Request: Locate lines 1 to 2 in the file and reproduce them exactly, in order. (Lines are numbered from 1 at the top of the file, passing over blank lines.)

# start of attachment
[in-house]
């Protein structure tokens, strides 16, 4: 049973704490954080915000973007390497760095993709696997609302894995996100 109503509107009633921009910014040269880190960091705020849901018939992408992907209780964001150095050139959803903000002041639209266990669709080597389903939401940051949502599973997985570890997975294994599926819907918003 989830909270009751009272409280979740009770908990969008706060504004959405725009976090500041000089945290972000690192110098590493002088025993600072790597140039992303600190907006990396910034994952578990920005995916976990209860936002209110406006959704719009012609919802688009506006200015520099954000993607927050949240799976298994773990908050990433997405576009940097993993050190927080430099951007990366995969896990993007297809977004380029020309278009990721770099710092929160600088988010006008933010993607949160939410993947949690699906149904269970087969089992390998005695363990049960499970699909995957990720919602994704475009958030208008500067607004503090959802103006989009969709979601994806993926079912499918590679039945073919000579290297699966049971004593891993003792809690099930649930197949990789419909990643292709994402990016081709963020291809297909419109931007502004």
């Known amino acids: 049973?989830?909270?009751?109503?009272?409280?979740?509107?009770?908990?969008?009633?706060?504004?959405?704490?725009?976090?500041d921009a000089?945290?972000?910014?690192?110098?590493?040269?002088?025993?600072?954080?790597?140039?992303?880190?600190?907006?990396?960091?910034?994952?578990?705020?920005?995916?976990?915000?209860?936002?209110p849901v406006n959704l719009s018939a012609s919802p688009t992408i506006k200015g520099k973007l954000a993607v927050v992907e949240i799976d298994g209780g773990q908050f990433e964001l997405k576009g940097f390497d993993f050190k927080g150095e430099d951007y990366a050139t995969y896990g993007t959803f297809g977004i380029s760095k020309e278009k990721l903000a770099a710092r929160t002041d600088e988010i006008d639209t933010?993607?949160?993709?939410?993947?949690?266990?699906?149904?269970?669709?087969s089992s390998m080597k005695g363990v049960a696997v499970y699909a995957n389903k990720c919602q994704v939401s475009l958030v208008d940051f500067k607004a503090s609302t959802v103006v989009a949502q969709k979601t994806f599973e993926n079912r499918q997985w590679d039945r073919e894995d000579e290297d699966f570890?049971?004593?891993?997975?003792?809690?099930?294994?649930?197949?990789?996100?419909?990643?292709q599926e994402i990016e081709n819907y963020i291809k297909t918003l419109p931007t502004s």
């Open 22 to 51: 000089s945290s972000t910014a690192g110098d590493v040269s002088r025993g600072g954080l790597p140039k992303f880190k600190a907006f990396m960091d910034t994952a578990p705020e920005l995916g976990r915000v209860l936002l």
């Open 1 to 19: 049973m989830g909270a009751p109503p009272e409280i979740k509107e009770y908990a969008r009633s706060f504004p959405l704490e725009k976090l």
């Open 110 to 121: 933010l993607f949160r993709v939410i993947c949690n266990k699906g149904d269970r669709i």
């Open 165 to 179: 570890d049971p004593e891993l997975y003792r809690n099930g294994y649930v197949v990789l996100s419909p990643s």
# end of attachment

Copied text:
[in-house]
């Protein structure tokens, strides 16, 4: 049973704490954080915000973007390497760095993709696997609302894995996100 109503509107009633921009910014040269880190960091705020849901018939992408992907209780964001150095050139959803903000002041639209266990669709080597389903939401940051949502599973997985570890997975294994599926819907918003 989830909270009751009272409280979740009770908990969008706060504004959405725009976090500041000089945290972000690192110098590493002088025993600072790597140039992303600190907006990396910034994952578990920005995916976990209860936002209110406006959704719009012609919802688009506006200015520099954000993607927050949240799976298994773990908050990433997405576009940097993993050190927080430099951007990366995969896990993007297809977004380029020309278009990721770099710092929160600088988010006008933010993607949160939410993947949690699906149904269970087969089992390998005695363990049960499970699909995957990720919602994704475009958030208008500067607004503090959802103006989009969709979601994806993926079912499918590679039945073919000579290297699966049971004593891993003792809690099930649930197949990789419909990643292709994402990016081709963020291809297909419109931007502004």